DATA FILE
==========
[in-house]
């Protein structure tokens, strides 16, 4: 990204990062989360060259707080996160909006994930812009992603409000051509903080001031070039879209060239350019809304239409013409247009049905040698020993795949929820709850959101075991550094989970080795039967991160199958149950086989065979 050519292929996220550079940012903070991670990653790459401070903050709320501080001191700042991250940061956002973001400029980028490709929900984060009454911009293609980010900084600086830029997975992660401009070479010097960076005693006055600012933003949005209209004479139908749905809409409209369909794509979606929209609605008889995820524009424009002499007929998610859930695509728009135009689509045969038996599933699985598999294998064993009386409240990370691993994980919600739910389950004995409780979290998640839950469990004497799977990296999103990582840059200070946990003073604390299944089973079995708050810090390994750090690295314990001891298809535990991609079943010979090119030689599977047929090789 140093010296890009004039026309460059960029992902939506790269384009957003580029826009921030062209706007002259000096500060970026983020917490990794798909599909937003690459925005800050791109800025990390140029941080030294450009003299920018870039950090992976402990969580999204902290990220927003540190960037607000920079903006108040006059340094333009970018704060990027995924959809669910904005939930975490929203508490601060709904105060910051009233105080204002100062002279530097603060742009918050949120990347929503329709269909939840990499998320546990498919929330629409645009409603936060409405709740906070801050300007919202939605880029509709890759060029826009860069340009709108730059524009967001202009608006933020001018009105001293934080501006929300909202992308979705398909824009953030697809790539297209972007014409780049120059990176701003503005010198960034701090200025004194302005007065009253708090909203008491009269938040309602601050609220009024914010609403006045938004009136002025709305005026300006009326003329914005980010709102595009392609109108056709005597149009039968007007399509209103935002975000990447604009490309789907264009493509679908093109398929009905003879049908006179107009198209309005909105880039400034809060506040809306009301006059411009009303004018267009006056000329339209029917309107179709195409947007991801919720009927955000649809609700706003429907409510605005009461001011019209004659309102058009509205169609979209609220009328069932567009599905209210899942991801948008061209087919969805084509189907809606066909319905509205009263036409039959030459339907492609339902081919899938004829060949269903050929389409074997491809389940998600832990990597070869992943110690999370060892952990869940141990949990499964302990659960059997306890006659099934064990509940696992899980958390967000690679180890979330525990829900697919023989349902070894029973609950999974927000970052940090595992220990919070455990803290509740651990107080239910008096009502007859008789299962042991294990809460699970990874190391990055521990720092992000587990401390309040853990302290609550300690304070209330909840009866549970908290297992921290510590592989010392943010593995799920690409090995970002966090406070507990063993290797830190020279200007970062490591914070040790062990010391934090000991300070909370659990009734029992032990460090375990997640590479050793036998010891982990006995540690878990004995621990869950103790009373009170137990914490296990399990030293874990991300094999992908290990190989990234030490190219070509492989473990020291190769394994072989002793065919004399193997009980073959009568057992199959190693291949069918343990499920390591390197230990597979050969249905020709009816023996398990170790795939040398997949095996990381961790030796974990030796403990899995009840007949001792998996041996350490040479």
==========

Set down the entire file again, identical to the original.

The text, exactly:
[in-house]
């Protein structure tokens, strides 16, 4: 990204990062989360060259707080996160909006994930812009992603409000051509903080001031070039879209060239350019809304239409013409247009049905040698020993795949929820709850959101075991550094989970080795039967991160199958149950086989065979 050519292929996220550079940012903070991670990653790459401070903050709320501080001191700042991250940061956002973001400029980028490709929900984060009454911009293609980010900084600086830029997975992660401009070479010097960076005693006055600012933003949005209209004479139908749905809409409209369909794509979606929209609605008889995820524009424009002499007929998610859930695509728009135009689509045969038996599933699985598999294998064993009386409240990370691993994980919600739910389950004995409780979290998640839950469990004497799977990296999103990582840059200070946990003073604390299944089973079995708050810090390994750090690295314990001891298809535990991609079943010979090119030689599977047929090789 140093010296890009004039026309460059960029992902939506790269384009957003580029826009921030062209706007002259000096500060970026983020917490990794798909599909937003690459925005800050791109800025990390140029941080030294450009003299920018870039950090992976402990969580999204902290990220927003540190960037607000920079903006108040006059340094333009970018704060990027995924959809669910904005939930975490929203508490601060709904105060910051009233105080204002100062002279530097603060742009918050949120990347929503329709269909939840990499998320546990498919929330629409645009409603936060409405709740906070801050300007919202939605880029509709890759060029826009860069340009709108730059524009967001202009608006933020001018009105001293934080501006929300909202992308979705398909824009953030697809790539297209972007014409780049120059990176701003503005010198960034701090200025004194302005007065009253708090909203008491009269938040309602601050609220009024914010609403006045938004009136002025709305005026300006009326003329914005980010709102595009392609109108056709005597149009039968007007399509209103935002975000990447604009490309789907264009493509679908093109398929009905003879049908006179107009198209309005909105880039400034809060506040809306009301006059411009009303004018267009006056000329339209029917309107179709195409947007991801919720009927955000649809609700706003429907409510605005009461001011019209004659309102058009509205169609979209609220009328069932567009599905209210899942991801948008061209087919969805084509189907809606066909319905509205009263036409039959030459339907492609339902081919899938004829060949269903050929389409074997491809389940998600832990990597070869992943110690999370060892952990869940141990949990499964302990659960059997306890006659099934064990509940696992899980958390967000690679180890979330525990829900697919023989349902070894029973609950999974927000970052940090595992220990919070455990803290509740651990107080239910008096009502007859008789299962042991294990809460699970990874190391990055521990720092992000587990401390309040853990302290609550300690304070209330909840009866549970908290297992921290510590592989010392943010593995799920690409090995970002966090406070507990063993290797830190020279200007970062490591914070040790062990010391934090000991300070909370659990009734029992032990460090375990997640590479050793036998010891982990006995540690878990004995621990869950103790009373009170137990914490296990399990030293874990991300094999992908290990190989990234030490190219070509492989473990020291190769394994072989002793065919004399193997009980073959009568057992199959190693291949069918343990499920390591390197230990597979050969249905020709009816023996398990170790795939040398997949095996990381961790030796974990030796403990899995009840007949001792998996041996350490040479």